And then this thought hits me upside the head: In my own life it has been amid realizations of the harsh realities that exist around me that Jesus has whispered most clearly, “Nevertheless, I’m here, and I’m sure. I’ll be your rock in a very shaky world.” And doing the only logical thing my mind can conjure up, I cling to him in utter, helpless faith. And he saves me.

It may be that this brown eyed boy has a long, hard road ahead of him. And he may be on the very cusp of realizing that fact. Yet it might just be that this long, hard road was designed by this child’s Creator—who, by the way, loves him infinitely more than I ever could—to eventually lead him to Jesus. Perhaps it’s only through the hardship that this little boy will think to seek out the one who promises to carry him through like nothing else in the universe can. Maybe only up against the ugliness of life will this little boy ever be able to clearly see the beauty of the Jesus he so desperately needs.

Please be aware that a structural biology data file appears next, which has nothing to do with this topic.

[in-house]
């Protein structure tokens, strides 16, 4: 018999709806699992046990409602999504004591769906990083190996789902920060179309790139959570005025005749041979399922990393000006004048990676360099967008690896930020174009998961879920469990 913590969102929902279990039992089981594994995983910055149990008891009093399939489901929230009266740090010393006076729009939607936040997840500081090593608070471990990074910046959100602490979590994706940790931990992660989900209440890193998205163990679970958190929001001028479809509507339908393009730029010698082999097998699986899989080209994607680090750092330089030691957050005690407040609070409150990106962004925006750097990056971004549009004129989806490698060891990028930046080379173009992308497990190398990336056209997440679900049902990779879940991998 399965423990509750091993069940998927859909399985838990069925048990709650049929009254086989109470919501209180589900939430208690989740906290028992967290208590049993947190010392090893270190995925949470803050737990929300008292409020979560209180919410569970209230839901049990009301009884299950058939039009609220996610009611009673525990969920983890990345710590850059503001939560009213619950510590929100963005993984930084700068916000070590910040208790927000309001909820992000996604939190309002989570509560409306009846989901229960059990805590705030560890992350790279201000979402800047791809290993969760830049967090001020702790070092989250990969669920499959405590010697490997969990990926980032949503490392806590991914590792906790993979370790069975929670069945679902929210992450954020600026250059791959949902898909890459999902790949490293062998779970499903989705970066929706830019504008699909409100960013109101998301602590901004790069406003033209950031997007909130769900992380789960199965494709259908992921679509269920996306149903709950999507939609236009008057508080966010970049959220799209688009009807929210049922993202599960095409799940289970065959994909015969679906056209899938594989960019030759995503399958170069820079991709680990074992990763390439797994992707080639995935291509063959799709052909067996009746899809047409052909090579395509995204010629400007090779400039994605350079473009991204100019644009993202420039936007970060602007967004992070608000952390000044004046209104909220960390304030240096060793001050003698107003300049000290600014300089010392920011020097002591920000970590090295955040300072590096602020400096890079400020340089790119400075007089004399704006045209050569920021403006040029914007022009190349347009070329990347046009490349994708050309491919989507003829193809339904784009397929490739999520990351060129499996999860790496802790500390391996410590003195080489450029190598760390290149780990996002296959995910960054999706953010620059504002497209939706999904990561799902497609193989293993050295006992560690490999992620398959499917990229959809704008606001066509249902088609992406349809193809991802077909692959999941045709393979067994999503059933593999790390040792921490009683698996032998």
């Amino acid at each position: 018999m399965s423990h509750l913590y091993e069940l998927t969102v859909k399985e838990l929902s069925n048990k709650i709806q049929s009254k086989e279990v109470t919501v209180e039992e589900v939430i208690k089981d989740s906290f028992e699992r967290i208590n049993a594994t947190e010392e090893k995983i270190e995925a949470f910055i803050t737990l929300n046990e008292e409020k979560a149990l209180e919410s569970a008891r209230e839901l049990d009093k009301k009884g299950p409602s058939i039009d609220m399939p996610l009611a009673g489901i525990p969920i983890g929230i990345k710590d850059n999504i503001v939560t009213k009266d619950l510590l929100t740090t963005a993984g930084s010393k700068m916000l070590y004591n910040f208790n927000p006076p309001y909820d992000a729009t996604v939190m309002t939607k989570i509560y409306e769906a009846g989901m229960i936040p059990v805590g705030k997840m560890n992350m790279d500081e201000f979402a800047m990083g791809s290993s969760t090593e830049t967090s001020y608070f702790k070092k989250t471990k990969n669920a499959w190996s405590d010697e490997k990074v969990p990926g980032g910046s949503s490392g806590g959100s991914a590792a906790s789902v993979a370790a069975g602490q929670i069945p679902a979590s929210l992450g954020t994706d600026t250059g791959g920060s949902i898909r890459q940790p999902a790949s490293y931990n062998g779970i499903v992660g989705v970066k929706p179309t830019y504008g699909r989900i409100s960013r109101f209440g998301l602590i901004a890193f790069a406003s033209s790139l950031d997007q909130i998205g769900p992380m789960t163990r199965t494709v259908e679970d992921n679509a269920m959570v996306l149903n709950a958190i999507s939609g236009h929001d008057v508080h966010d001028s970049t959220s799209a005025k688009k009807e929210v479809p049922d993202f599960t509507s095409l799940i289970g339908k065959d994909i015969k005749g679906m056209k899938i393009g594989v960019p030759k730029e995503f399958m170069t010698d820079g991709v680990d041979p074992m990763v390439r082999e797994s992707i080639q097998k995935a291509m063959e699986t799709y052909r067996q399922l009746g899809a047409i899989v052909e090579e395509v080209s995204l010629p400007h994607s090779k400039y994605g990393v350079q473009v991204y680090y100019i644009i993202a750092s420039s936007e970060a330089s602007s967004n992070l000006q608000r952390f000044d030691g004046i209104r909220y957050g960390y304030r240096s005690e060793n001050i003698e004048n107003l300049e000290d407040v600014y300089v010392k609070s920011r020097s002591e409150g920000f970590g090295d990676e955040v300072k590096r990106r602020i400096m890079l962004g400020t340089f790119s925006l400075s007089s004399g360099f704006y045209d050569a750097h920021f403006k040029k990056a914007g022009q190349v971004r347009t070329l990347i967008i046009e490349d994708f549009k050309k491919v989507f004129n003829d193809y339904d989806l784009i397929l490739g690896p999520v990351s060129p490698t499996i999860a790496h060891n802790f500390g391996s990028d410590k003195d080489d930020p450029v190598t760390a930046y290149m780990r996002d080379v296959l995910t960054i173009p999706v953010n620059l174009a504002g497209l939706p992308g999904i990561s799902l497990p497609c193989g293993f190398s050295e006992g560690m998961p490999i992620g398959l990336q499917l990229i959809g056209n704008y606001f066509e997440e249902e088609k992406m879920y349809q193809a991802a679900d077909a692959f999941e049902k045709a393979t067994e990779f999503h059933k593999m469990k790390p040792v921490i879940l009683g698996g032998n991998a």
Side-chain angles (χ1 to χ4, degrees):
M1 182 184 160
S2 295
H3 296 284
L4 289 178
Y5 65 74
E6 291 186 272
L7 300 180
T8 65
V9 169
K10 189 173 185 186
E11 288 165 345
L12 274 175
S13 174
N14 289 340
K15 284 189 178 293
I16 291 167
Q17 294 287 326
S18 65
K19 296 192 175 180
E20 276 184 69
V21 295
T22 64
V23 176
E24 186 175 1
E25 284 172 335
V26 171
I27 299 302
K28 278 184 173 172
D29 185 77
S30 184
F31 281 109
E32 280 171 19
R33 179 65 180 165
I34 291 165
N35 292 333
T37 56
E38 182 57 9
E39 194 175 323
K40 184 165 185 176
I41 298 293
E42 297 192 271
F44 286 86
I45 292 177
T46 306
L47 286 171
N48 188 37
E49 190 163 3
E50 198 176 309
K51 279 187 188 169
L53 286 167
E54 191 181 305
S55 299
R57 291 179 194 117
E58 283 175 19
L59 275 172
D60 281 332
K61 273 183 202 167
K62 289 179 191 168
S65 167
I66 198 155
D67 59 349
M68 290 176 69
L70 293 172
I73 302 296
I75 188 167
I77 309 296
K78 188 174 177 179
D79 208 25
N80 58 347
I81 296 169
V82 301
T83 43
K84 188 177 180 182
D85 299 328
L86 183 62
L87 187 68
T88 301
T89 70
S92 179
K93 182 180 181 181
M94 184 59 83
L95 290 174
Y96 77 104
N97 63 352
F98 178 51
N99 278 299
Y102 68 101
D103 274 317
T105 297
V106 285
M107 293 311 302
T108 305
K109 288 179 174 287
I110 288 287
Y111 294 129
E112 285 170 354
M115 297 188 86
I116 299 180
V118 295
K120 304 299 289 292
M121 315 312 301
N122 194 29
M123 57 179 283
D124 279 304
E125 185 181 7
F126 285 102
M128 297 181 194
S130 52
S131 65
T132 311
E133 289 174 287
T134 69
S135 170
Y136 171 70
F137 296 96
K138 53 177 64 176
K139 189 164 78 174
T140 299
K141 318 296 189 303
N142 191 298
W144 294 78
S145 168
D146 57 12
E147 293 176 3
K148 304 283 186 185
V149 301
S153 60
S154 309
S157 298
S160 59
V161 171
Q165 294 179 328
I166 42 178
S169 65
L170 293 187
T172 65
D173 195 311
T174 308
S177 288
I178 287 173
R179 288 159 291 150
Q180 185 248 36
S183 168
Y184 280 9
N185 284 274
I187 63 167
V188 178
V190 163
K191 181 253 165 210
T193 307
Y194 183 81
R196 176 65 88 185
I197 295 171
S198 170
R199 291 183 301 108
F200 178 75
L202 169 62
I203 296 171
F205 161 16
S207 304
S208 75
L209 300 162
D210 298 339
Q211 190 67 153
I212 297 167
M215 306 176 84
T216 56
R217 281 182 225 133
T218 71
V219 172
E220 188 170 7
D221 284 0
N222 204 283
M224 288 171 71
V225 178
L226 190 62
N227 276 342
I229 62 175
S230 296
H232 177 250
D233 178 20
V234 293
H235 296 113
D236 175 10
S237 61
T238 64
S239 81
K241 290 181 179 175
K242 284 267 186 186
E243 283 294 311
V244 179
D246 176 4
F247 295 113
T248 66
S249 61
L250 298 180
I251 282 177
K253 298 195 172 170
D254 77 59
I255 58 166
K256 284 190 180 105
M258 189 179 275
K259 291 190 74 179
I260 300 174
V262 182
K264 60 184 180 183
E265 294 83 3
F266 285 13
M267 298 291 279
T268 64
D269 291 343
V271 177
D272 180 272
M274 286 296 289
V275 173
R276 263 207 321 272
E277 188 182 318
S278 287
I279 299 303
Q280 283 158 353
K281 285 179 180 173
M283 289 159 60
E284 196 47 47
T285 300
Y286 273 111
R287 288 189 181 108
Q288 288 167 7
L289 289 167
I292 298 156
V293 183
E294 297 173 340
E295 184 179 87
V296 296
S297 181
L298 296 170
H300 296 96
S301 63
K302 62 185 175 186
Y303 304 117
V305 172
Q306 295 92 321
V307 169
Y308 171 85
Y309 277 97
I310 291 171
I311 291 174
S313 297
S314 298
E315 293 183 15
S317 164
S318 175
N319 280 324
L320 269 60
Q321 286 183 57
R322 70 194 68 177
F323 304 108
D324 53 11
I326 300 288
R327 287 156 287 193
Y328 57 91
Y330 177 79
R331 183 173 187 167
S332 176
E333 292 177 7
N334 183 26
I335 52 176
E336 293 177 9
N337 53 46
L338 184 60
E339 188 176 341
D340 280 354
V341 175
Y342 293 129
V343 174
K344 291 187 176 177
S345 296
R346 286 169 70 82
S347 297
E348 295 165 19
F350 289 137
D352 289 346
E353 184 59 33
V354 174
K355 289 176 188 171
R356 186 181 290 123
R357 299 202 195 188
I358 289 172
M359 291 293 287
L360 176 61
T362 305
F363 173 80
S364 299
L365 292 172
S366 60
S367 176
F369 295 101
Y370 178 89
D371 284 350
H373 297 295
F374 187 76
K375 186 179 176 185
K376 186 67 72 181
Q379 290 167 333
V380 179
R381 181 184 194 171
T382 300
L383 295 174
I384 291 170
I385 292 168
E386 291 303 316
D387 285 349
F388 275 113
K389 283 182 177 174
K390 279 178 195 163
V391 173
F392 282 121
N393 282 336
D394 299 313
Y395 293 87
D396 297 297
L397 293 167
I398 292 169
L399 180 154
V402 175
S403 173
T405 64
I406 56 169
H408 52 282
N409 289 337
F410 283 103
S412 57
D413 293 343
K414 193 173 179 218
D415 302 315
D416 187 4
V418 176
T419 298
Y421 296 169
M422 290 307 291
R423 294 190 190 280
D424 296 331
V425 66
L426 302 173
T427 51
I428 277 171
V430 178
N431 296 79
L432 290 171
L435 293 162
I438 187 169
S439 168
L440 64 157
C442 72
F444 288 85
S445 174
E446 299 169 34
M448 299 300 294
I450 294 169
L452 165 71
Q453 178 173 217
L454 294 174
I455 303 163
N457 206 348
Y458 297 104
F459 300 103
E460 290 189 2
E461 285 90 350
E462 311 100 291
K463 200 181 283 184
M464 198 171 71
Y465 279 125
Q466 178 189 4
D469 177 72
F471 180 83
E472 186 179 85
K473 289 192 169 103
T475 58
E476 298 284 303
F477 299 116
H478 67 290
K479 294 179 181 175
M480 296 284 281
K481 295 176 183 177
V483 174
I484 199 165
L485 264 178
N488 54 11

May God be faithful to work it out to such an end.

The Technical
This poem doesn’t follow any traditional form. It is written in iambic quadrameter consisting of rhymed couplets. That means that each line has eight syllables that generally follow the pattern ta-DUM-ta-DUM-ta-DUM-ta-DUM. That the poem consists of rhymed couplets means that every two lines rhyme with each other.

The first 22 lines describe the changes that take place as a child grows up. The next four lines act as a commentary on the first 22 lines and a bridge to the next 22 lines. In the second half of the poem I discuss the difficult truth that it is confrontation with the harshness of reality that many times drives one to Jesus, and if that’s the case for my student, may it be so. God will be good to him as he has been to me.

Praise the Lord for the hope that’s found only in Jesus, hope that is seen most clearly when all other hope is lost.

God Come

God.

God is.

God is good.

God is good and holy.

God is good, holy, and loving.

God is good, holy, loving, and wise.

God is infinitely good, holy, loving, and wise.

God is infinitely good, holy, loving, and wise, even when you aren’t.

God is infinitely good, holy, loving, and wise, even when you aren’t able to perceive it.

God is infinitely good, holy, loving, and wise, even when you aren’t able to perceive it,

so come.

God is infinitely good, holy, loving, and wise, even when you aren’t able to perceive it,

so come to him.